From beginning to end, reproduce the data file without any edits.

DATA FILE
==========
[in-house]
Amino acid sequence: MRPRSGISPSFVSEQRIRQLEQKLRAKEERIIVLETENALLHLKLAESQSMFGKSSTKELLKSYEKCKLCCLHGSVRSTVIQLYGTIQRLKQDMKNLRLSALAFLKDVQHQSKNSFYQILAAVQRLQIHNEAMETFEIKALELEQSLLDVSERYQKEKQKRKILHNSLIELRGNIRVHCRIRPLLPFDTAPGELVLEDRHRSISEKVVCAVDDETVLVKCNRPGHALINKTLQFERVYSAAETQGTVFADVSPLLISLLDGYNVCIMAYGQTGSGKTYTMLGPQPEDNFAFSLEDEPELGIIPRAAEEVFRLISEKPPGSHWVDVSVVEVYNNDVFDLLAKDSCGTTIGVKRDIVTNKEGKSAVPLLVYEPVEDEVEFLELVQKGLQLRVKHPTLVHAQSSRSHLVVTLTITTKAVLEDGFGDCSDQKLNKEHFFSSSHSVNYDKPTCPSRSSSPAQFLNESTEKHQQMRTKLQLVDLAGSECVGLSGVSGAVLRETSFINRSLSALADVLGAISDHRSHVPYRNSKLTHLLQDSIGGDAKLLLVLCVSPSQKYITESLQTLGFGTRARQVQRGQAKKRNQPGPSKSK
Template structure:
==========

[in-house]
Amino acid sequence: MRPRSGISPSFVSEQRIRQLEQKLRAKEERIIVLETENALLHLKLAESQSMFGKSSTKELLKSYEKCKLCCLHGSVRSTVIQLYGTIQRLKQDMKNLRLSALAFLKDVQHQSKNSFYQILAAVQRLQIHNEAMETFEIKALELEQSLLDVSERYQKEKQKRKILHNSLIELRGNIRVHCRIRPLLPFDTAPGELVLEDRHRSISEKVVCAVDDETVLVKCNRPGHALINKTLQFERVYSAAETQGTVFADVSPLLISLLDGYNVCIMAYGQTGSGKTYTMLGPQPEDNFAFSLEDEPELGIIPRAAEEVFRLISEKPPGSHWVDVSVVEVYNNDVFDLLAKDSCGTTIGVKRDIVTNKEGKSAVPLLVYEPVEDEVEFLELVQKGLQLRVKHPTLVHAQSSRSHLVVTLTITTKAVLEDGFGDCSDQKLNKEHFFSSSHSVNYDKPTCPSRSSSPAQFLNESTEKHQQMRTKLQLVDLAGSECVGLSGVSGAVLRETSFINRSLSALADVLGAISDHRSHVPYRNSKLTHLLQDSIGGDAKLLLVLCVSPSQKYITESLQTLGFGTRARQVQRGQAKKRNQPGPSKSK
Template structure: